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It's good to have Friends like these

Friends volunteers gather at the Arboretum Teaching Nursery. (Photo courtesy UC Davis Arboretum) Friends of the UC Davis Arboretum celebrate 50th anniversary

They’ve annually contributed thousands of volunteer hours, helped raise more than $1 million for their favorite cause and host the most popular garden events in Davis.

It’s good to have Friends.

This summer, the Friends of the UC Davis Arboretum and Public Garden are celebrating the group’s 50th anniversary. Like many 2021 commemorations, this golden anniversary will be mostly virtual with several ways that members, supporters and the public can participate online.

Without the help of its volunteer and fundraising organization, there would be no UC Davis Arboretum and Public Garden. Fifty years ago, the Friends formed to save the Arboretum when its university funding had been eliminated.

That was 1971. The budget cut was a crisis for the Arboretum, which was founded in 1936. Supporters and Arboretum volunteers, which had been a loose-knit group, formalized their role and created the Friends. Its bylaws were officially approved in May 1971, clearing the way for the Friends’ first fundraiser – an iris rhizome sale with varieties from the Arboretum’s collection.

Those fundraising efforts grew into the popular Arboretum Teaching Nursery plant sales. Before the pandemic, the sales – which have moved online – drew more than 8,500 customers annually.

The Friends also led the public effort to restore the Arboretum’s university funding and support. The 100-acre Arboretum is now a jewel, not only of the campus but the community. It’s open free to public access daily.

“We are thrilled to be honoring the 50th anniversary of this incredible group,” said Kathleen Socolofsky, assistant vice chancellor and director of the Arboretum and Public Garden, on the arboretum’s website. “Their role in the longevity of this campus and community resource cannot be overstated, and their involvement developing, maintaining, and continuing to support this organization remains critical, especially during times like these.”

The Friends have their own 50th anniversary website: .

How to help celebrate? Here are some suggestions from the Friends:

Add your story to the Friends’ Memories Project , online.

Share social media posts with the hashtag #Friends50th.

Donate to the Friends’ Annual Appeal .

Become a Friends member .

And visit the Arboretum. Appreciating its beauty and all the hard work its represents is a wonderful way to celebrate this milestone, too.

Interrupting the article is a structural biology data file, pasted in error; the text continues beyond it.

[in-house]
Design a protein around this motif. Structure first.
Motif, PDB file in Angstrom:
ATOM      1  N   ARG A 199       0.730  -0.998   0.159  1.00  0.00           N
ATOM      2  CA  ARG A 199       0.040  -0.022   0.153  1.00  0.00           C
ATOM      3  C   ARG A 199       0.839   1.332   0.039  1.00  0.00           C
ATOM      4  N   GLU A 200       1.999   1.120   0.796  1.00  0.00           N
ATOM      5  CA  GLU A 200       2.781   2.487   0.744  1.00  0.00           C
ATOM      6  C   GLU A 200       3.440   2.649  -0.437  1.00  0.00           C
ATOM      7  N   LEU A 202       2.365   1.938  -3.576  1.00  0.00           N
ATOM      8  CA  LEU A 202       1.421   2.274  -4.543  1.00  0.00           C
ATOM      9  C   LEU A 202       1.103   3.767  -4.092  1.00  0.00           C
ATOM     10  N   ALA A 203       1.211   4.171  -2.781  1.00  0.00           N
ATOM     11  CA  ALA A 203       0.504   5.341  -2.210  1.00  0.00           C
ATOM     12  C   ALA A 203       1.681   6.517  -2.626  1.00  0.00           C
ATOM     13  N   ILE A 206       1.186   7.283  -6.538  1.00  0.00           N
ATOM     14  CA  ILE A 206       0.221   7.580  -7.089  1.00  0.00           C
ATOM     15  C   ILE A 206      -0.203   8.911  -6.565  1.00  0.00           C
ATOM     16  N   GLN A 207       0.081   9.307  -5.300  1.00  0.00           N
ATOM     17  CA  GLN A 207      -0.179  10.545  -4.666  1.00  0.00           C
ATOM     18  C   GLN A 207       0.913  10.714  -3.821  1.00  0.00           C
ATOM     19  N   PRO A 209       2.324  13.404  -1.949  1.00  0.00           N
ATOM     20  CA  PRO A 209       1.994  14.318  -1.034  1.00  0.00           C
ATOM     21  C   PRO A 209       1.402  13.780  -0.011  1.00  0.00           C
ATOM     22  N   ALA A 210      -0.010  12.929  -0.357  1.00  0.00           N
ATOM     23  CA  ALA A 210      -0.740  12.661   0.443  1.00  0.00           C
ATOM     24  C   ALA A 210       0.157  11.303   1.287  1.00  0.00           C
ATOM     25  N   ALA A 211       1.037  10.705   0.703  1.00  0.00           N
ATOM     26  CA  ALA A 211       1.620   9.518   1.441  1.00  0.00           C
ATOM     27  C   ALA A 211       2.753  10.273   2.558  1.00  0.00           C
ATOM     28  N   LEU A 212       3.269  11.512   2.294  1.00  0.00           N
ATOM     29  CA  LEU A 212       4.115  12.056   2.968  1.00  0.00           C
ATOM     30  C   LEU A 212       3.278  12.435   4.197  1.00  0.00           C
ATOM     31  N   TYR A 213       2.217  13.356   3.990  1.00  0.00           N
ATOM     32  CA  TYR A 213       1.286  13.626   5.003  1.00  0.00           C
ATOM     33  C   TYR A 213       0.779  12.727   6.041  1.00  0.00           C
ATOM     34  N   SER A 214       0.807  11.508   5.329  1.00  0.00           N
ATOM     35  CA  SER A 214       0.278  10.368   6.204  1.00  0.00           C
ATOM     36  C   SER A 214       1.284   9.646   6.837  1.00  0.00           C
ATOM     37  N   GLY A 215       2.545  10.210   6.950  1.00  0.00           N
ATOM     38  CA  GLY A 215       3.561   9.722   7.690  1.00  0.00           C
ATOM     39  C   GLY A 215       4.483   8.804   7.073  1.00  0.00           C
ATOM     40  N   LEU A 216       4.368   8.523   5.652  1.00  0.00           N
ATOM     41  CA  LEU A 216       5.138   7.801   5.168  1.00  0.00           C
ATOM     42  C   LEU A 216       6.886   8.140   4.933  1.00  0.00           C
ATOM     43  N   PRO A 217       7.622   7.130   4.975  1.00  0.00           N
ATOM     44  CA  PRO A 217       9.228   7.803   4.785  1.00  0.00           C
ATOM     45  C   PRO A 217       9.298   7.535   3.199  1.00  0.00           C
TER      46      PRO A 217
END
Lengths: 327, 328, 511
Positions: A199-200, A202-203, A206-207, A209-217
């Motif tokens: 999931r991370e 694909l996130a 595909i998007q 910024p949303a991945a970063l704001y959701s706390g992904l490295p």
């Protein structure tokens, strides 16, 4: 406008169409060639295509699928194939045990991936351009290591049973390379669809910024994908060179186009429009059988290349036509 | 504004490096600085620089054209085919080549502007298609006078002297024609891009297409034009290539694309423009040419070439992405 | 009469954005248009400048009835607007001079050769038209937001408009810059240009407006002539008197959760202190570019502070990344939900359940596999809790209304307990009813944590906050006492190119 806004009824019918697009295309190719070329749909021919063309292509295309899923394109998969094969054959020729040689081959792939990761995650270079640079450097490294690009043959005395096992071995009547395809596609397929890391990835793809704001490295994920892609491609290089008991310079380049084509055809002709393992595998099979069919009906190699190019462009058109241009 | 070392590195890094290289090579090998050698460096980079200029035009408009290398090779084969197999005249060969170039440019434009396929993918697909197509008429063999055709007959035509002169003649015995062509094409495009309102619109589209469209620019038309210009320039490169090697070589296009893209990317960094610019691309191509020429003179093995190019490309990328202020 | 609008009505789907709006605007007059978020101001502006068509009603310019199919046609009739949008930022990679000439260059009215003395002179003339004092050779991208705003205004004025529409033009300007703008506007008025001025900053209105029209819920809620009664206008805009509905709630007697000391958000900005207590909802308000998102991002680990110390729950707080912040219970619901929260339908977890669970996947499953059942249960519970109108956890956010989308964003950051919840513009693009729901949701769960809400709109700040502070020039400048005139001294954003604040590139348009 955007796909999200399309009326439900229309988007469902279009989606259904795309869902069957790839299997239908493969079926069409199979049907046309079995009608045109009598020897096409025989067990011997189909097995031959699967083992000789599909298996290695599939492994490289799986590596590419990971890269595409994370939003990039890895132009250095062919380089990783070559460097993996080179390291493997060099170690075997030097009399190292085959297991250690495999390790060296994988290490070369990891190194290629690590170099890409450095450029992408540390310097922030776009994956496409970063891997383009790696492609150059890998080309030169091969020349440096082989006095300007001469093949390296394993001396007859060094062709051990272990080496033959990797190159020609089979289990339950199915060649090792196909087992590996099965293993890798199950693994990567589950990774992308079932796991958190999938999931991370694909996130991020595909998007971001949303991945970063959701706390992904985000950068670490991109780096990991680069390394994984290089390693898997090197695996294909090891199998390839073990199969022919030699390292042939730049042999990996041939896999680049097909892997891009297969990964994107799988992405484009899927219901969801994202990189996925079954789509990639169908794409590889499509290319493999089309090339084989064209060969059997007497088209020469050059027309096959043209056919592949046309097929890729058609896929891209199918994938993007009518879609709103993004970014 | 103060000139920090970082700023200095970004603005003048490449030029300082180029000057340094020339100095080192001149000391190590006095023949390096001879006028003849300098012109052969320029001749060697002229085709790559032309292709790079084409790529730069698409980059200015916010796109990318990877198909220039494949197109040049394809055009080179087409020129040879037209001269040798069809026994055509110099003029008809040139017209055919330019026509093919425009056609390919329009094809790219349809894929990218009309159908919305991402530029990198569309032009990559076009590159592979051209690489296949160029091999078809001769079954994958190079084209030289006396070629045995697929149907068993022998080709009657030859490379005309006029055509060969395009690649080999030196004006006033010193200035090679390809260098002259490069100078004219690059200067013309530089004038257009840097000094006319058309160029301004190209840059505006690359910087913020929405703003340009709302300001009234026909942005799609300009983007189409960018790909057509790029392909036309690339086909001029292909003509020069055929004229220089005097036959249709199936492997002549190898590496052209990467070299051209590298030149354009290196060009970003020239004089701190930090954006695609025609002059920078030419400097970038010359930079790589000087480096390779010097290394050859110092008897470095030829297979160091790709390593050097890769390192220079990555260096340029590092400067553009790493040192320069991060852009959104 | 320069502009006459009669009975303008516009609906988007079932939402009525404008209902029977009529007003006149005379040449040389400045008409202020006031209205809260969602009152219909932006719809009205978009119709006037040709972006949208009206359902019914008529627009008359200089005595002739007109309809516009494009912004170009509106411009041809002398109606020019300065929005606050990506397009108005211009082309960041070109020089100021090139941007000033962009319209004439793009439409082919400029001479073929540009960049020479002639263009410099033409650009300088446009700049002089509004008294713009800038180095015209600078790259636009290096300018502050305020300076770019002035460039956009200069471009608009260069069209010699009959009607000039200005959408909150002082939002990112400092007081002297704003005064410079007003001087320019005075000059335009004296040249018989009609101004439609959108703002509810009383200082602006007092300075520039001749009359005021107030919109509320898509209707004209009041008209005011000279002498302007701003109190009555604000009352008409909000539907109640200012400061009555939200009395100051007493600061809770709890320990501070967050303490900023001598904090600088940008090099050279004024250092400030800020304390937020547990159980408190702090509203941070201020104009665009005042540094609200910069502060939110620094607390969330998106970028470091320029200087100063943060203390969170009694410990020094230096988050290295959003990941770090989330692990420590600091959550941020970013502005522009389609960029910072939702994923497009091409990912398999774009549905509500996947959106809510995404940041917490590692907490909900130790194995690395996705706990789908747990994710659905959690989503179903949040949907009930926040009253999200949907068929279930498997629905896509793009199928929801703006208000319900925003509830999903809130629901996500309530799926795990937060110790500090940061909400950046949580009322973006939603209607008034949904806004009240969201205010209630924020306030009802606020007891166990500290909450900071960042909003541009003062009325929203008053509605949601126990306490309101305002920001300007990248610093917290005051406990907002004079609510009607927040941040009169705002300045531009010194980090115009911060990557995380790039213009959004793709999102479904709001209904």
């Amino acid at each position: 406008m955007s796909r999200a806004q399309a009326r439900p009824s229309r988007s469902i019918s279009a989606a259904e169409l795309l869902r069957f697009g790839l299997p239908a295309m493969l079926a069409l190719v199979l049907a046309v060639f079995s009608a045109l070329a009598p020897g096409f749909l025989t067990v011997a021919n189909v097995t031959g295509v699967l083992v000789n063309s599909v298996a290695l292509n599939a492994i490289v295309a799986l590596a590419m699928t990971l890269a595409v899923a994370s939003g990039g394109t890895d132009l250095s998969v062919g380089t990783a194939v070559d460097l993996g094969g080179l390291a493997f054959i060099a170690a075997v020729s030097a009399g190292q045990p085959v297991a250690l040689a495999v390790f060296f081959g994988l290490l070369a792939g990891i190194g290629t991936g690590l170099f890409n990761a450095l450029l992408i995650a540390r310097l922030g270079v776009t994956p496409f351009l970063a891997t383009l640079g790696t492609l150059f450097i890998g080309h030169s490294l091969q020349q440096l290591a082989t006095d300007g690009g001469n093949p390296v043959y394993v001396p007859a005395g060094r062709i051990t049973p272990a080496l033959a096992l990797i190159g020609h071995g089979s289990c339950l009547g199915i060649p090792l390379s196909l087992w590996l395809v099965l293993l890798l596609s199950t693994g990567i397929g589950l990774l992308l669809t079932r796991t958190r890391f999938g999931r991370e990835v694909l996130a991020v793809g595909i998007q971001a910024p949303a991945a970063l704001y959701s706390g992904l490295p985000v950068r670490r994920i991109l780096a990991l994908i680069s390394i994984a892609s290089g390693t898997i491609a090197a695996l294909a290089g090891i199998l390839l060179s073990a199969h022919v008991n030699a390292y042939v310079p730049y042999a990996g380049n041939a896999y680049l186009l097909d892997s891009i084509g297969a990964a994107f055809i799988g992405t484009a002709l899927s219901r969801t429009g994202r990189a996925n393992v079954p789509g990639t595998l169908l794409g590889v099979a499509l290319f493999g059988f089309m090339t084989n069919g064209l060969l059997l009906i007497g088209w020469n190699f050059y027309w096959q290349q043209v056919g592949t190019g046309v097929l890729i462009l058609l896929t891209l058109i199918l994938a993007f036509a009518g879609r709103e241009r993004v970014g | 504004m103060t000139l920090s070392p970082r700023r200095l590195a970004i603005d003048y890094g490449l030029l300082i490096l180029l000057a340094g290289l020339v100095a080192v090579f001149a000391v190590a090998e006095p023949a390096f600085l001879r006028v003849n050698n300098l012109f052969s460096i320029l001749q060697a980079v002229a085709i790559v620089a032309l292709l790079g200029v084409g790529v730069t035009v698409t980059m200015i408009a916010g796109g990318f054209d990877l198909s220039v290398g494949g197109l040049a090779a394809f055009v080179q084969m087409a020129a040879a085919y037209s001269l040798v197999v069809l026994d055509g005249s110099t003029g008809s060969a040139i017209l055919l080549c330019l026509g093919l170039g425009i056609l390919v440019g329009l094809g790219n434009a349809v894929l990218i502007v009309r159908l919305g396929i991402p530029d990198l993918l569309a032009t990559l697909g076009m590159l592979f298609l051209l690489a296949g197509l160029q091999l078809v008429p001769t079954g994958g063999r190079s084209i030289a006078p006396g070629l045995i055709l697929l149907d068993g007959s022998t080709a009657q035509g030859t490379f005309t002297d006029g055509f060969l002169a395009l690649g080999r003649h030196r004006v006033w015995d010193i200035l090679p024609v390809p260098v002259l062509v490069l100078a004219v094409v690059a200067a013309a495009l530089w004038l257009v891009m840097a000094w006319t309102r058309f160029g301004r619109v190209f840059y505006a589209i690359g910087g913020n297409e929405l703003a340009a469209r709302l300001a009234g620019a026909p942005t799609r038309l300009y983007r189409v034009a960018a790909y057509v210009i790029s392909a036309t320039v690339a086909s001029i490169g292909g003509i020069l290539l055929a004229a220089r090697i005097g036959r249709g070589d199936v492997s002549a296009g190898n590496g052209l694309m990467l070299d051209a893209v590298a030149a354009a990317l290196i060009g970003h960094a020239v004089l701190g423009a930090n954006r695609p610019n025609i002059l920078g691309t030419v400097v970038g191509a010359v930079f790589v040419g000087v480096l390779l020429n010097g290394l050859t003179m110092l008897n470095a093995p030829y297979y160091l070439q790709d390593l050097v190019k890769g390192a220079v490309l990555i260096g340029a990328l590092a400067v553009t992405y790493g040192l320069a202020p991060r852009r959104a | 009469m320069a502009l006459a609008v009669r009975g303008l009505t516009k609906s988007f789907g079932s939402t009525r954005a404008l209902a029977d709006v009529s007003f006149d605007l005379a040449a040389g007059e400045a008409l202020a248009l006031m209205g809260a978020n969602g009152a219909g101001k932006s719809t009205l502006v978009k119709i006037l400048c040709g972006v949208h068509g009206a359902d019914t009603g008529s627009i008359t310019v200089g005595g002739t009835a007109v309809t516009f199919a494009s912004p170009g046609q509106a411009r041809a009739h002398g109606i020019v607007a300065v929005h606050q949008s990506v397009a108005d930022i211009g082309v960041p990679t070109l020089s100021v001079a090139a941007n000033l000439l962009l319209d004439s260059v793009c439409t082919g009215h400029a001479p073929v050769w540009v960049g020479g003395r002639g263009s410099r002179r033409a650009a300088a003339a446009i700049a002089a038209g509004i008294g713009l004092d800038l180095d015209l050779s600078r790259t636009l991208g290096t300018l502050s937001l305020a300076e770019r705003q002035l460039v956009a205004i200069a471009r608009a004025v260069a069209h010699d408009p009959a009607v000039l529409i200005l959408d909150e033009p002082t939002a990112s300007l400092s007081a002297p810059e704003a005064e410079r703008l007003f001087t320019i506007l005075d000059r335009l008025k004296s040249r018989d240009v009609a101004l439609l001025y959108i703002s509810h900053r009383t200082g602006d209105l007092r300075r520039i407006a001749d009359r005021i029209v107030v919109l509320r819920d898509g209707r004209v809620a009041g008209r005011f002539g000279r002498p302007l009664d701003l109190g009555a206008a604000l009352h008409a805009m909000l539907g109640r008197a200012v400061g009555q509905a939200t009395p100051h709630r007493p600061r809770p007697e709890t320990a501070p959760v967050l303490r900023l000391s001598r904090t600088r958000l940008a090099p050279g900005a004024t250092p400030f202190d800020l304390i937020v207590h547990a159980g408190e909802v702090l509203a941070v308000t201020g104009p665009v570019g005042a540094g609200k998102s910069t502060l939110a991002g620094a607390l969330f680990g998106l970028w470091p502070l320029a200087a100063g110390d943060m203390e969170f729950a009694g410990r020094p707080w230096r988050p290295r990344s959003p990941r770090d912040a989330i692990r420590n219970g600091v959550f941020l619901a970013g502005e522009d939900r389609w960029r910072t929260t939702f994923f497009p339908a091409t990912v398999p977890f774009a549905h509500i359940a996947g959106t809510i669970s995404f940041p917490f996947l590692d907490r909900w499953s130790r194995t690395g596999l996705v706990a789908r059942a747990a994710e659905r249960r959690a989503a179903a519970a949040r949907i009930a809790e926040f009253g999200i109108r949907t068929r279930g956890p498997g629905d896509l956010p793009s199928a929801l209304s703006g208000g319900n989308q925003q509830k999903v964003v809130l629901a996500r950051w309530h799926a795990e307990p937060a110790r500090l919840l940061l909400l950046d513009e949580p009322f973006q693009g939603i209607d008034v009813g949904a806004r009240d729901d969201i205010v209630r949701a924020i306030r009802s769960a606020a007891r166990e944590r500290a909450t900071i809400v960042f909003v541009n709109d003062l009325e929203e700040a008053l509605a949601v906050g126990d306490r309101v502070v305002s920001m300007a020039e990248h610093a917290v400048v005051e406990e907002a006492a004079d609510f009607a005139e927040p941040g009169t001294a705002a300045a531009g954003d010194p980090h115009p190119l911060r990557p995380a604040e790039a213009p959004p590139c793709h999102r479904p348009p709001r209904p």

Details and directions: .


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Dig In: Garden Checklist

For week of March 3:

* Celebrate the city flower! Catch the 100th Sacramento Camellia Show 3 to 6 p.m. Saturday, March 2, and 10 a.m to 5 p.m. Sunday, March 3, at the Scottish Rite Center, 6151 H St., Sacramento. Admission is free.

* Between showers, pick up fallen camellia blooms; that helps cut down on the spread of blossom blight that prematurely browns petals.

* Feed camellias after they bloom with fertilizer formulated for acid-loving plants.

* Camellias need little pruning. Remove dead wood and shape, if necessary.

* Tread lightly or not at all on wet ground; it compacts soil.

* Avoid digging in wet soil, too; wait until it clumps in your hand but doesn’t feel squishy.

* Note spots in your garden that stay wet after storms; improve drainage with the addition of organic matter such as compost.

* Keep an eye out for leaning trunks or ground disturbances around a tree’s base, a sign of shifting roots in the wet soil.

* Fertilize roses, annual flowers and berries as spring growth begins to appear.

* If aphids are attracted to new growth, knock them off with a strong spray of water or insecticidal soap. To make your own “bug soap,” use two tablespoons liquid soap – not detergent – to one quart water in a spray bottle. Shake it up before use. Among the liquid soaps that seem most effective are Dr. Bronner’s Pure-Castile Soaps; try the peppermint scent.

* Pull weeds now! Don’t let them get started. Take a hoe and whack them as soon as they sprout.

* Prune and fertilize spring-flowering shrubs after bloom.

* Cut back and fertilize perennial herbs to encourage new growth.

* Make plans for your summer garden. Once the soil is ready, start adding amendments such as compost.

* Indoors, start seeds for summer favorites such as tomatoes, peppers and squash as well as summer flowers.

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